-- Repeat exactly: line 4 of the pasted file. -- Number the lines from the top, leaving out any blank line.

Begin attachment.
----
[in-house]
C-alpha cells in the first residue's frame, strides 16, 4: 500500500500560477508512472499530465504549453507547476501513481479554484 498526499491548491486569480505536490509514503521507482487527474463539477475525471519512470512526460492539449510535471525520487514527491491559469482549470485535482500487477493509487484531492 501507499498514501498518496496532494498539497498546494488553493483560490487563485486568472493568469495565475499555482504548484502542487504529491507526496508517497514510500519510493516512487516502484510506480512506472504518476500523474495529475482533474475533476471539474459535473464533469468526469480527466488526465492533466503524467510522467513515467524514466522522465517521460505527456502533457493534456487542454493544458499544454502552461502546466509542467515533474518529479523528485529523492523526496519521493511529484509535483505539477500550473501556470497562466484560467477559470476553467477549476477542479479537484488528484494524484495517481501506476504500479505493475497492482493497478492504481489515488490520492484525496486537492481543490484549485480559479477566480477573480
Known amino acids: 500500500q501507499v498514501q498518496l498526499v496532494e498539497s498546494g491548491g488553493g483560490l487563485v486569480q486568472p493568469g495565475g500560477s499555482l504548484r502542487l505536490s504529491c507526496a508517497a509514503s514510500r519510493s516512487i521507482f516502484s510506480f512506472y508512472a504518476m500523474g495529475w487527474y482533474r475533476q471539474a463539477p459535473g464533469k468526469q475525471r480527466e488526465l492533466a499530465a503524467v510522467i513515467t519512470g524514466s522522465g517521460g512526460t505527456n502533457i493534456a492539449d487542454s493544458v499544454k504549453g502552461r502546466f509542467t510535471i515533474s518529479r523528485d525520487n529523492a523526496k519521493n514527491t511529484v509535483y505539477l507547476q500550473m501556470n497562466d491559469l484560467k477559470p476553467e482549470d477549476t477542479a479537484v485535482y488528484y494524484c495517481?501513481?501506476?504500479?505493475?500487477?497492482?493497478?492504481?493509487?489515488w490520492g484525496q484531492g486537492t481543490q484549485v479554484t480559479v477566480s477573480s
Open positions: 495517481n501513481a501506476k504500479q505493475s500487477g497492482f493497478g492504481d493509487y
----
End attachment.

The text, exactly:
Open positions: 495517481n501513481a501506476k504500479q505493475s500487477g497492482f493497478g492504481d493509487y